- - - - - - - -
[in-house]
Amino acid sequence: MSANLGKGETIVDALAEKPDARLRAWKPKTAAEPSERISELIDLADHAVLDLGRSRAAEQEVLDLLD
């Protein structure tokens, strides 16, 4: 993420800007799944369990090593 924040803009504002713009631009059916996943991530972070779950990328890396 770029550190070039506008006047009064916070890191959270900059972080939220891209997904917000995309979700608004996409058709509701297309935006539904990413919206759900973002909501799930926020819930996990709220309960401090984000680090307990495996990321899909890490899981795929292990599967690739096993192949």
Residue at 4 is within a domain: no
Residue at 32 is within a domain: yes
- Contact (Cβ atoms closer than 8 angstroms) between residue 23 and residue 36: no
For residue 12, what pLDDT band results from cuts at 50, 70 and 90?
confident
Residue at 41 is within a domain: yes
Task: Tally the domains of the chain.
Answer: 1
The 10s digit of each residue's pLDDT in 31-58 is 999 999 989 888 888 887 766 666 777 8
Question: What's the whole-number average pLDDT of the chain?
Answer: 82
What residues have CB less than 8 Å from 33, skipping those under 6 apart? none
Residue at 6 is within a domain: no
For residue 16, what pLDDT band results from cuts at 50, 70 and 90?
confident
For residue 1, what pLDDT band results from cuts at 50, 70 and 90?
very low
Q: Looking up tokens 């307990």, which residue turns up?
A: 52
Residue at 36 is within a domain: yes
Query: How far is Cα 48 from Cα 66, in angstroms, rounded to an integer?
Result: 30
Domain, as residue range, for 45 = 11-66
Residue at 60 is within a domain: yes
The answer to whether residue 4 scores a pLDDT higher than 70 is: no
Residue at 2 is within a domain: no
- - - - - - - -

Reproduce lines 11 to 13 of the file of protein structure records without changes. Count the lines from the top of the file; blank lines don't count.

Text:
Answer: 1
The 10s digit of each residue's pLDDT in 31-58 is 999 999 989 888 888 887 766 666 777 8
Question: What's the whole-number average pLDDT of the chain?